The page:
The future of the Land Rover Discovery nameplate could spawn a family of models like the Defender.
Land Rover’s forgotten child, the Discovery, is set for a major reinvention under Jaguar Land Rover’s Reimagine strategy to halt sliding sales that are partly down to the introduction of the Defender.
Speaking to Automotive Daily, CEO Thierry Bolloré said, “We are completely reinventing Discovery. We believe there is a space for it, but we have to be creative. Defender is such a success that it has eaten a part of what was the territory of Discovery. Defender is a brand. We believe that Discovery could be a brand as well. We are looking at how we present our future line-up – it’s something we have in mind.”
Discovery sales have been squeezed not only by supply chain constraints but also by the arrival of the new Defender family – on sale in three bodystyles and with seating for up to eight people in 130 form – and the new Range Rover, which is also now available as a seven-seater.
“The Range Rover with a third row could play that role, but it’s not the same spirit as Discovery,” said Bolloré. “So once you consider the territory that is strong for Range Rover, strong for Defender – how do we make a strong territory as well for Discovery?
“We need to make a real family car for the most discerning families. Discovery has to, and should, play this role that could disappear from the market otherwise – in the luxury segments at least. The Discovery will be that car.”
A push upmarket for Discovery fits in with JLR’s vision for its brands of ‘modern luxury’ and would move it away from the Defender on pricing, with a less utilitarian and more upmarket design. “The interest in having the Defender and Discovery brands is that you’re occupying very specific spaces,” said Bolloré.
Our renderings show how a new, more luxurious Discovery could look, refining the styling of the existing car by making use of the latest engineering techniques to give a much sleeker look, as JLR Chief Creative Officer Gerry McGovern and his team have successfully done with the latest Range Rover and Range Rover Sport. Expect to see the use of flush glazing, super-slim hi-tech LED lights and pop-out door handles.
It’s too early to say whether a new Discovery would lose the controversial offset rear number plate, although insiders suggest that McGovern would stick to his guns and keep it, despite some customers modifying their own cars with aftermarket central plate set-ups.
Inside, there is likely to be a clear step up in both quality and technology, with the latest Pivi Pro infotainment and over-the-air software updates, while sustainable materials will also play a big part.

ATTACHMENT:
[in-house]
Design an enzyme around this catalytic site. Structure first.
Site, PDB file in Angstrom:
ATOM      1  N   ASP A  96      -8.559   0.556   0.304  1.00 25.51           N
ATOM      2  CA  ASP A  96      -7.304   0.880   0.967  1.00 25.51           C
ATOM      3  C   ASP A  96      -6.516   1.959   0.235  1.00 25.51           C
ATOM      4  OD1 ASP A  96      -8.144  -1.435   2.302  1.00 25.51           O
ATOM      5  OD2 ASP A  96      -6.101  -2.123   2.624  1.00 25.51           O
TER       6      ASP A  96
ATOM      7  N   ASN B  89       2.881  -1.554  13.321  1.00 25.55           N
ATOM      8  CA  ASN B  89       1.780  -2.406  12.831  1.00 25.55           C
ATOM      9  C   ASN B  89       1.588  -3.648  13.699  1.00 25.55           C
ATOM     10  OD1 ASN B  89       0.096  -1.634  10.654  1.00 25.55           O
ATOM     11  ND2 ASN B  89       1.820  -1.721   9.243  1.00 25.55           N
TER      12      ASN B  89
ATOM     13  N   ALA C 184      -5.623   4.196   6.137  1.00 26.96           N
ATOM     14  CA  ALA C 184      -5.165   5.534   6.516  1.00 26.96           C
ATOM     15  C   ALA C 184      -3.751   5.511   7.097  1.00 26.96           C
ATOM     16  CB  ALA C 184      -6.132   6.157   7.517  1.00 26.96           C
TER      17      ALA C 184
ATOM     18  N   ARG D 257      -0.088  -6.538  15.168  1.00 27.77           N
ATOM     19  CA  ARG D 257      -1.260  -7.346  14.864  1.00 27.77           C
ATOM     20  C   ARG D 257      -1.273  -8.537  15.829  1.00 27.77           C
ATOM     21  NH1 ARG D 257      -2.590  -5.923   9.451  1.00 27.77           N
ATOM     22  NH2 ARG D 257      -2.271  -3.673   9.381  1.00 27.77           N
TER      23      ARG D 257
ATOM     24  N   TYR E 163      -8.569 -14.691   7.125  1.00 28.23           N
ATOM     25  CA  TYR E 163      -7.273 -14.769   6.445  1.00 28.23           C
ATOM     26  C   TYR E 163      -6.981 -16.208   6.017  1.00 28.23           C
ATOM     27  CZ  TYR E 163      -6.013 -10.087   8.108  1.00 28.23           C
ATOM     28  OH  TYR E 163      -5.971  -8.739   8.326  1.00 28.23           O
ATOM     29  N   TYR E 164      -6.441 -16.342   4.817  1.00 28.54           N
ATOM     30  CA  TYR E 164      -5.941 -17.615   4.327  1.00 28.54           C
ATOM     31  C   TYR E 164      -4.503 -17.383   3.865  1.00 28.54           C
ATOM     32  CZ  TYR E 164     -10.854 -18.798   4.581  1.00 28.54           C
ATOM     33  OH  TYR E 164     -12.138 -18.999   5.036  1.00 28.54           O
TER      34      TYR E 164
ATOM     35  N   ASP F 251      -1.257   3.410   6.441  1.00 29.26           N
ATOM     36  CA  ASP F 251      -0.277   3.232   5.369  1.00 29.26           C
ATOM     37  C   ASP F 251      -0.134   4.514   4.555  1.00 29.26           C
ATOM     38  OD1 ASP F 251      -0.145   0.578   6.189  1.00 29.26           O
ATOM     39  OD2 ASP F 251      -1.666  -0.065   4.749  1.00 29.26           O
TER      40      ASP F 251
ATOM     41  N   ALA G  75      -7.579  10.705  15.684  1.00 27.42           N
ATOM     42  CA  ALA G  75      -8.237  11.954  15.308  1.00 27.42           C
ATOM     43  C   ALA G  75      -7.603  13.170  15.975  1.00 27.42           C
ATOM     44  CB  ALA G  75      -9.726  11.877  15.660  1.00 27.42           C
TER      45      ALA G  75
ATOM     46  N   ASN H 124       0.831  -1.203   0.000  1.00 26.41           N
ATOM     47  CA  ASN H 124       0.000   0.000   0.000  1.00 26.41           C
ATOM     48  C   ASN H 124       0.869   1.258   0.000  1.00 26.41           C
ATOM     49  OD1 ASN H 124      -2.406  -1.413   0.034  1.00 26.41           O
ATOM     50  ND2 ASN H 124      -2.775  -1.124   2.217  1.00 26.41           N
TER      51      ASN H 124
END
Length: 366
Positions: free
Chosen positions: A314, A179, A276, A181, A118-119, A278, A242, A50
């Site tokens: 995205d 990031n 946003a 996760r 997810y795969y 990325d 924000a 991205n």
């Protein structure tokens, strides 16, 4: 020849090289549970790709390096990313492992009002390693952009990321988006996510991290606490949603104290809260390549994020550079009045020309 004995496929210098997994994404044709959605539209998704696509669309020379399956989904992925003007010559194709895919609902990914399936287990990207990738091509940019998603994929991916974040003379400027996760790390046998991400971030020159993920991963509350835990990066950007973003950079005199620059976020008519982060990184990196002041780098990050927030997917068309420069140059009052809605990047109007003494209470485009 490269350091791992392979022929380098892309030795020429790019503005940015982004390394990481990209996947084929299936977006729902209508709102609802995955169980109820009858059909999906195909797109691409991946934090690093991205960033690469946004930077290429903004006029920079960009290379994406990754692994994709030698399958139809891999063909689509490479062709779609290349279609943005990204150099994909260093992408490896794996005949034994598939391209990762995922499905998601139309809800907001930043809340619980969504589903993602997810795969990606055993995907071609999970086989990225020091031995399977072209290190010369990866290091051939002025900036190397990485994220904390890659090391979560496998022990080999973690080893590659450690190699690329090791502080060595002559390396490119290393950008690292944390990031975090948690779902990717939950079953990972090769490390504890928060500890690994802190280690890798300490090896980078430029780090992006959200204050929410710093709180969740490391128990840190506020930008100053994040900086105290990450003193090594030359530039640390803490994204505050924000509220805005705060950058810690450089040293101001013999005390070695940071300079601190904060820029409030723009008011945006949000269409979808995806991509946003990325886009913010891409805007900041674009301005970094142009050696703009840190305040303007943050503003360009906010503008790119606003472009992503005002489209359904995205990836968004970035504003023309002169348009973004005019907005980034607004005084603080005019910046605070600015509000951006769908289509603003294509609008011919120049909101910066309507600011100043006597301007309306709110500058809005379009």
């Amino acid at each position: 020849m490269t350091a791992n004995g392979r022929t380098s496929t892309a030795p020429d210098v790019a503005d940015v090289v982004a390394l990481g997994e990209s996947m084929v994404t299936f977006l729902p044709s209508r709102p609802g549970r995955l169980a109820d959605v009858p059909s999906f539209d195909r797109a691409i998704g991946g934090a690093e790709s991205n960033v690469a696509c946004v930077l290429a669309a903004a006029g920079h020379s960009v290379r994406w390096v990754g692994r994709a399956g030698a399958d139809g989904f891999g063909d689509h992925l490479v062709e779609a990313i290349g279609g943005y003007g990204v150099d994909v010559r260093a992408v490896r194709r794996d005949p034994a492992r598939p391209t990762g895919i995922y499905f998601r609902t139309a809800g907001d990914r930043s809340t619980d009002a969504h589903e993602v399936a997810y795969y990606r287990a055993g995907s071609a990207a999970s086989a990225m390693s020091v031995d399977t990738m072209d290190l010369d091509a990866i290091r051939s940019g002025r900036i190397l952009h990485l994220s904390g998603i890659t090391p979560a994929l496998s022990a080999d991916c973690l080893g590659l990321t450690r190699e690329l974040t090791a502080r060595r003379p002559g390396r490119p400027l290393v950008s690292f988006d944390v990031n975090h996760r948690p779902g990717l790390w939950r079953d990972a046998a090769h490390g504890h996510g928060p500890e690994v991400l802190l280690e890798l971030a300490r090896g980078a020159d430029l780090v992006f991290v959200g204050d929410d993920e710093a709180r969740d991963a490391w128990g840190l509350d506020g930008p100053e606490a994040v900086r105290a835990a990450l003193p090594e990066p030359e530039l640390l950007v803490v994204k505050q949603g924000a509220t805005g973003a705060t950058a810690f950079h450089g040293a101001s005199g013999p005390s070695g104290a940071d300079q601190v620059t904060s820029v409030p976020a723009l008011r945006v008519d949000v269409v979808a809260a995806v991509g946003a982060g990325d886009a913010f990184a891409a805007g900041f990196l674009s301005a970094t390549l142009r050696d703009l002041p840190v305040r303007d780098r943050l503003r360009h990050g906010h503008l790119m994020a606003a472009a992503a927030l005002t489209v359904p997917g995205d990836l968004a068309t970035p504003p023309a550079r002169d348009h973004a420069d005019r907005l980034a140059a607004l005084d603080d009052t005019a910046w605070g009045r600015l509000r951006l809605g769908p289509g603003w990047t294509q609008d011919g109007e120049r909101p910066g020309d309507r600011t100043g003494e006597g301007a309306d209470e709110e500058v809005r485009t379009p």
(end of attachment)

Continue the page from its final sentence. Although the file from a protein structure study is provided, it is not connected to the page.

A new Discovery would sit on a different platform to the current car, with electrification also playing a key role. But with strong sales potential in markets such as the US, Middle East and China, combining electrification with internal combustion engines will still be key.
That means the most likely solution is to put the next Discovery onto the same MLA platform as the new Range Rover and Range Rover Sport, which means a full range of internal combustion engines, including the possibility of two petrol and two diesel engines, plus a couple of petrol plug-in hybrid versions (with an electric range in excess of 110km) and the first fully electric Discovery.
In JLR’s most recent financial report, the brand confirmed that all JLR nameplates would be available in fully electric form by the end of the decade, which will include the next generation of Discovery. “Our strategy to deliver the future of modern luxury to our clients continues at speed as we accelerate our plans for an electric-first, brand-led business,” said Bolloré.
Placing more emphasis on luxury for ‘discerning families’ in the new Discovery, as Bolloré said, would likely mean a hike in prices from the current standard.
The move upmarket might threaten the Discovery Sport, though. Asked whether there was a future for it, Bolloré responded, “We don’t know yet. But a Discovery, yes.”
That could mean any expansion of the Discovery family would be upwards, rather than downwards with, perhaps, a long-wheelbase version a possibility.
Land Rover is at the very early stage of reimagining the Discovery family, with the current model expected to carry on for a good few years yet.
Expect the new Discovery to be the last of those arrivals, which means a debut possibly three years away in 2025 before going on sale a year later in 2026.